In the religious right’s continuing attacks on health insurance reform efforts in Washington, yesterday the Texas-based Heritage Alliance blasted out an e-mail warning far-right activists not “to despair” over the possible passage of legislation intended to make sure every American has access to affordable health care. To give in to despair, the e-mail says, would be a sin:
“With two Republican U.S. Senators, Texans may feel tempted to despair over the upcoming Senate action on health care.
The people representing our values are doing all they can, but there aren’t enough of them, and Texas citizens can’t wield much influence on other states’ Senators.
But let this remind us that despair is a sin. Only the devil tells us we can’t help, and tempts us to do … nothing.
We are almost never helpless. Let’s put our prayers, minds, and hands to work.
So now Christians are sinning if they don’t try to stop health insurance reform?
The e-mail calls on activists to contact “any0ne you know who lives in a red state with a blue Senator” and ask them to urge their senators to oppose “any measure that expands the federal government’s role in health care.”
“We need market-based reforms that encourage free competition among insurance companies and providers — not public options or laws that require citizens to purchase insurance.”
We continue to be fascinated by how the religious right ties faith in God to blind faith in free markets, regardless of the issue. Of course, the religious right is really a political movement inextricably tied to the Republican Party and the GOP’s political agenda. Apparently, to oppose that agenda is to oppose God. Thus is the logic (such as it is) of far-right extremism today.
There are honest arguments for and against the current reform efforts in Washington, and we believe people of faith can disagree in good conscience. But we’re not surprised that extremists on the right continue to use faith as a weapon to divide people for political gain — even when it comes to something so important as health care.
5 thoughts on “Faith and Health Insurance Reform”
Perhaps because they instinctively understand the Chronic Dependence of Popular Religiosity upon Dysfunctional Psychosociological Conditions, and consider societal reliance on God more important than any direct societal good?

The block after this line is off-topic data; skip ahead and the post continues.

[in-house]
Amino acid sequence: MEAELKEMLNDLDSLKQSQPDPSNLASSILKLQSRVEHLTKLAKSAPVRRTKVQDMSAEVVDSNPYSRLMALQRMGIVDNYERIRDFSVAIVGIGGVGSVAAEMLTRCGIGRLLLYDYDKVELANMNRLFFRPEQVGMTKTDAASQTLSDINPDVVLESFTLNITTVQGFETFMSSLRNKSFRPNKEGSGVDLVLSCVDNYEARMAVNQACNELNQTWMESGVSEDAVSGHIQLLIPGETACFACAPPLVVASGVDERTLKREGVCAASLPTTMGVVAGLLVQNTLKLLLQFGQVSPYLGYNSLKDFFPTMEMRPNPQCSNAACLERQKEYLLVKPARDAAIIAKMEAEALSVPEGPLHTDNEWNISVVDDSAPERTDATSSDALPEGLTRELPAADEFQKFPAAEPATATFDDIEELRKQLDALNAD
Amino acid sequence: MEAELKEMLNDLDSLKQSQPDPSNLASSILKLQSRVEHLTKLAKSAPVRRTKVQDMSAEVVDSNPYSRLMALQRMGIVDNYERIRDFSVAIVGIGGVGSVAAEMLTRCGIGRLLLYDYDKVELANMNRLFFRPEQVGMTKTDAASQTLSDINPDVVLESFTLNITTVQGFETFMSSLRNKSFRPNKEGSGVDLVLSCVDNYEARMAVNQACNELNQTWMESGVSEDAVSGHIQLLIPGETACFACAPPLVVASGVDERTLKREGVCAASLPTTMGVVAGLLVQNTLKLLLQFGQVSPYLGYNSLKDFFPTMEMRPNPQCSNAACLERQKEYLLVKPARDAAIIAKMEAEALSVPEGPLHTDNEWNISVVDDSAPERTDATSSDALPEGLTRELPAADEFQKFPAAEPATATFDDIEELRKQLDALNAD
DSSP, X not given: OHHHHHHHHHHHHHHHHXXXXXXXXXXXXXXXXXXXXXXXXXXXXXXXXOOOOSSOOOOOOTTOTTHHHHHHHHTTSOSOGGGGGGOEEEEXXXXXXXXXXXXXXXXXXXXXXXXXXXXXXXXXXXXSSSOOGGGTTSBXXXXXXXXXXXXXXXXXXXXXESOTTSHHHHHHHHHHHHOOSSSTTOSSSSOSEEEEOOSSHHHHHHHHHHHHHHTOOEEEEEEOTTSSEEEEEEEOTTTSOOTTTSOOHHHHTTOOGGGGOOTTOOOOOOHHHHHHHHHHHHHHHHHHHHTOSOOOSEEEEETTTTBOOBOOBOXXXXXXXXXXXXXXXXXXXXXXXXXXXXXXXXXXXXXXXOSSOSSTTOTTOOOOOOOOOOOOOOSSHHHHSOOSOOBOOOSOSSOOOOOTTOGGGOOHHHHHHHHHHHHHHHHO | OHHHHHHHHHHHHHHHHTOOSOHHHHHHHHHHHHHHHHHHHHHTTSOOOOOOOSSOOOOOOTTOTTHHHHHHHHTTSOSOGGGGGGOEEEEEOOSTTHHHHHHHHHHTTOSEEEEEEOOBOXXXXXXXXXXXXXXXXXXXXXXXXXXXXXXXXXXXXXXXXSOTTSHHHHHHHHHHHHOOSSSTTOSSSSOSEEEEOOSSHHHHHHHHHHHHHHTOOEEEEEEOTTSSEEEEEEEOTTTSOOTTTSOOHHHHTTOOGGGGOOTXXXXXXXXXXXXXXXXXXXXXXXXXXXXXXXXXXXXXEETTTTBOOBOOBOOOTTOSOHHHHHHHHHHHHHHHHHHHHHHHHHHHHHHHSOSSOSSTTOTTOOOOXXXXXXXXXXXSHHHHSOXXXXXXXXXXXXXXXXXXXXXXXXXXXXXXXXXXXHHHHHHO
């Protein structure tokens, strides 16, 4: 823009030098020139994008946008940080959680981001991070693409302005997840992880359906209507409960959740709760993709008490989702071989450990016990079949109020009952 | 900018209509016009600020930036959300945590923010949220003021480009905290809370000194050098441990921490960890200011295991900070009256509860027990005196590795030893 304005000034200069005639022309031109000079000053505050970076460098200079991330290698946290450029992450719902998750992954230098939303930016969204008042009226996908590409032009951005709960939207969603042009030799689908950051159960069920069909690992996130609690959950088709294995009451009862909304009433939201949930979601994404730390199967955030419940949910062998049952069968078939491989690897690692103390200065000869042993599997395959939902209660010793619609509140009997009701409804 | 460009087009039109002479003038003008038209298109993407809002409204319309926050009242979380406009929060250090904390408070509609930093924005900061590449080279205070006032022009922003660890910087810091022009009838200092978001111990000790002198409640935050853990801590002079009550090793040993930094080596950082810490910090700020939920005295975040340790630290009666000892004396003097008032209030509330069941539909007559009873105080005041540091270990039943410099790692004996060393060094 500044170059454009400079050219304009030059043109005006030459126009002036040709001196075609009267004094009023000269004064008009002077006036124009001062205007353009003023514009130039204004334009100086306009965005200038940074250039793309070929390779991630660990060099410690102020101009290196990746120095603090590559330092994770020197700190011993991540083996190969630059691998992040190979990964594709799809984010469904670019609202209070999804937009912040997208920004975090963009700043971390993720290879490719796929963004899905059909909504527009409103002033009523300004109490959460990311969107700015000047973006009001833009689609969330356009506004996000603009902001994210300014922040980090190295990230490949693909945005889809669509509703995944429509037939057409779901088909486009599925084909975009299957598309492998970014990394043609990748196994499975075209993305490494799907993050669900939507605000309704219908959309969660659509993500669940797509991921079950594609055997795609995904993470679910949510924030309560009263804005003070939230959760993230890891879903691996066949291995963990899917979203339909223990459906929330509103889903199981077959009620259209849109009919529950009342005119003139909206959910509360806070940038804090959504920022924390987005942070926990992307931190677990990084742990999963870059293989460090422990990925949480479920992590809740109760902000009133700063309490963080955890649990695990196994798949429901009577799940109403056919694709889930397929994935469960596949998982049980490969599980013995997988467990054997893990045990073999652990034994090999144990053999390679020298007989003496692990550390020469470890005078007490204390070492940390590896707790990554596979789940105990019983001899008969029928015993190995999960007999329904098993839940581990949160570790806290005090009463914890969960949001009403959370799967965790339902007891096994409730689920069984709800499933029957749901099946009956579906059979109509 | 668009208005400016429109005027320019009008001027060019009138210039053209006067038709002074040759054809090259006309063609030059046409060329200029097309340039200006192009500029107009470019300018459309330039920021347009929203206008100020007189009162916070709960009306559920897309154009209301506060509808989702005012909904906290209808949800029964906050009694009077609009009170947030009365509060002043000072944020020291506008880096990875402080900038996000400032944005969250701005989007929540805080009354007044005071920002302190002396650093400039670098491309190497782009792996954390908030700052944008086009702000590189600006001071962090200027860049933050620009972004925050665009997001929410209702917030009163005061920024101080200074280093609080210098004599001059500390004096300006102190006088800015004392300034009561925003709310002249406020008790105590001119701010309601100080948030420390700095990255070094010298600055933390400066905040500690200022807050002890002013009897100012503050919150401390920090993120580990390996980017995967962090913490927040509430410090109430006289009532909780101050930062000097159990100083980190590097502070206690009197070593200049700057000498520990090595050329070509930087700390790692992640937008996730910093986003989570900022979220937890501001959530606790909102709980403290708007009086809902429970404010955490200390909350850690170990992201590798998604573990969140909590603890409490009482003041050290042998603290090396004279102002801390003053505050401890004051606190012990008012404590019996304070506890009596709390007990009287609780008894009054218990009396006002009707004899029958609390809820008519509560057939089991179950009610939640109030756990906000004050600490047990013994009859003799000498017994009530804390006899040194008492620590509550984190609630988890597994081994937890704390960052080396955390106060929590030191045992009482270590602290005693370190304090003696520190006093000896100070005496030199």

It’s like considering the traditional struggle against alligators too important to allow draining the swamp.
Yes. We Christians must do everything we possibly can to insure that healthy people get sick, sick people don’t get well, and many sick people die—because—money is more important than people. I would sure like to know how they distill that piece of putrid crap out of my King James Bible?
Why, that’s the easy part, Charles. Just leave everything to Conservapedia. Their Conservative Bible Project will ensure that people finally wake up to the fact that unbridled free market capitalism was exactly what Jesus was promoting during his life.
Y’know, The Conservative Bible Project kinda scares me. Who’re they gonna plug in to speak for Jesus?
(‘Cause we all know he was this long-haired guy who wore what looks like a bathrobe, or maybe even a dress,
and didn’t get rich before he got killed, at least not here on earth. So, they can’t let Him speak for Himself,
’cause His message would be all completely contrary to everything they stand for.)
His mere presence next to them would melt both them and much of what they believe like Frosty the Snowman in a crematorium. Amen.